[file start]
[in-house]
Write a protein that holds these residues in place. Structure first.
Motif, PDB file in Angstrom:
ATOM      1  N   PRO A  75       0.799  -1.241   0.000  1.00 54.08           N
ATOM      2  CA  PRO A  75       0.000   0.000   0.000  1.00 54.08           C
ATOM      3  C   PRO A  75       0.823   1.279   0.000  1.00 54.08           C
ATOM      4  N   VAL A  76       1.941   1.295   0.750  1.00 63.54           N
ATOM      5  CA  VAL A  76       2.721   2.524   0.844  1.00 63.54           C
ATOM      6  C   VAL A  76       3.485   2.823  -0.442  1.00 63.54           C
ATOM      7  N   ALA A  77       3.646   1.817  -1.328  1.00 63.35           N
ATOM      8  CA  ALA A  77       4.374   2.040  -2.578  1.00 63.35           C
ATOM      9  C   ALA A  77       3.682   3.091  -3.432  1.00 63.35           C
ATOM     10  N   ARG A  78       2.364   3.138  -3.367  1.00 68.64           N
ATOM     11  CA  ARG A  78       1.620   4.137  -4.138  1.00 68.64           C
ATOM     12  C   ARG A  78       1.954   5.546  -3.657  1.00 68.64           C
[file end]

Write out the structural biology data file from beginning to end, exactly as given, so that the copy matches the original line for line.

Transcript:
[in-house]
Write a protein that holds these residues in place. Structure first.
Motif, PDB file in Angstrom:
ATOM      1  N   PRO A  75       0.799  -1.241   0.000  1.00 54.08           N
ATOM      2  CA  PRO A  75       0.000   0.000   0.000  1.00 54.08           C
ATOM      3  C   PRO A  75       0.823   1.279   0.000  1.00 54.08           C
ATOM      4  N   VAL A  76       1.941   1.295   0.750  1.00 63.54           N
ATOM      5  CA  VAL A  76       2.721   2.524   0.844  1.00 63.54           C
ATOM      6  C   VAL A  76       3.485   2.823  -0.442  1.00 63.54           C
ATOM      7  N   ALA A  77       3.646   1.817  -1.328  1.00 63.35           N
ATOM      8  CA  ALA A  77       4.374   2.040  -2.578  1.00 63.35           C
ATOM      9  C   ALA A  77       3.682   3.091  -3.432  1.00 63.35           C
ATOM     10  N   ARG A  78       2.364   3.138  -3.367  1.00 68.64           N
ATOM     11  CA  ARG A  78       1.620   4.137  -4.138  1.00 68.64           C
ATOM     12  C   ARG A  78       1.954   5.546  -3.657  1.00 68.64           C